Thursday, June 21, 2018
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Wakeboard wizard

altBowe Oliver takes childhood sport to new heights




And finally a Moby Dick.

Bowe Oliver pumps his fist in the air after landing his first Moby Dick, a difficult wakeboarding feat where he launches into a back flip over both wakes and spins 360 degrees before a perfect touchdown.

It’s a sultry Wednesday evening at Jeffrey Lake and Bowe and his wakeboard are on fire as he lands trick after trick.

Already this summer, Bowe has won the expert wakeboarding division at two competitions—one in Garnett, KS, and the other in Ulman, MO.

That’s a feat in itself considering that many wakeboarders train year-round in states like Florida and California.

These days, Bowe’s honing his flips, twists and spins for the “Picnic,” on Saturday in Fremont.

“It’s one of the biggest I’ve been to,” he said.

altBowe hopes to score enough points to qualify for nationals in West Chester, OH, and plans to compete at a central state tourney in Garnett and central regionals in Amity, AK.

During competitions, wakeboarders are pulled by the same boat for the same distance up and down the lake where they perform 10 tricks.

Four judges watch from the boat and score on technique, height and style.

Only two falls, during a run, are allowed but points are deducted.

Before taking off on his wakeboard, Bowe guzzles an energy drink, tries to quiet his nerves and rehearses his tricks over and over again in his mind.

He entered his first wake-boarding competition during the summer of 2007. In the last couple of years, he’s worked harder on more technical tricks and is looking for people and businesses to sponsor him as he considers entering the professional arena.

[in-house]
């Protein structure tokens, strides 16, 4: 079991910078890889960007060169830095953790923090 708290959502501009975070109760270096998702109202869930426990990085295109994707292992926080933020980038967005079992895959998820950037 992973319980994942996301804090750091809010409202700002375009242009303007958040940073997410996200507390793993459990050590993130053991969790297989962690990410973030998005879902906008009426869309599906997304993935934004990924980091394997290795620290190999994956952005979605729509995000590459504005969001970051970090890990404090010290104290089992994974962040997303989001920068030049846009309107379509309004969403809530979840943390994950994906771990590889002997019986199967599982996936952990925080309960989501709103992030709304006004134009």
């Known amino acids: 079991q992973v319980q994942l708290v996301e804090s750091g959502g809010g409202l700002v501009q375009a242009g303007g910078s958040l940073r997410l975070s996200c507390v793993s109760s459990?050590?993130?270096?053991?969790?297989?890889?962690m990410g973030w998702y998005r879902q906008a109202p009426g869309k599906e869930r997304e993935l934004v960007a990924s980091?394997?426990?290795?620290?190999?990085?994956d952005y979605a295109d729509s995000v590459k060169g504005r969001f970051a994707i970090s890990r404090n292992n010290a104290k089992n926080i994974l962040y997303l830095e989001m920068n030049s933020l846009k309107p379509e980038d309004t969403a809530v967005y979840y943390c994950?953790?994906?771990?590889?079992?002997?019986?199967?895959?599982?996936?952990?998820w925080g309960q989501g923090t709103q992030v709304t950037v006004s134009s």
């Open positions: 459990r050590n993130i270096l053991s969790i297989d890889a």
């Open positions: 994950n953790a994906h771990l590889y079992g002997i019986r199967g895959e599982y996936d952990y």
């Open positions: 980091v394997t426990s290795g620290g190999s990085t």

The 2008 Gothenburg High graduate, strapped on his first wakeboard at age 9 at Jeffrey Lake. Jeffrey was where he landed his first flip at age 15.

Bowe credits his dad, Darin, for getting the whole family hooked on wakeboarding—his mother, Kathy, and two sisters.

Darin speculates that the Olivers were the first to try the sport at Jeffrey Lake where they now live.

A self-taught wakeboarding trickster, Bowe practices new moves on a trampoline and watches wakeboarding videos.

“Then I practice over and over again,” he said.

His favorite trick so far is the whirlybird, a back flip with a 360-degree spin.

“It’s fun to spin around.”

 Spending that much time in the air can have its drawbacks.

Once Bowe knocked himself out while doing a trick. He hit his head on a knee.

Another time, he was high above the wake and landed on his stomach. Hard.

“I lost my breath for awhile.”

altFinally last summer, Bowe hyper extended a knee and didn’t compete at all.

The junior in business administration at the University of Nebraska-Lincoln works for his dad during the summer as a network system administrator for Oliver Consulting Services, Inc.—a home-based business Darin started in Denver before moving back to his hometown in 2007.

During off-work and school hours, usually May through September, Bowe is in the air behind the Oliver boat, working on his moves.

“It’s fun,” he said with a grin. “It’s fun to show off and I love landing new tricks.”

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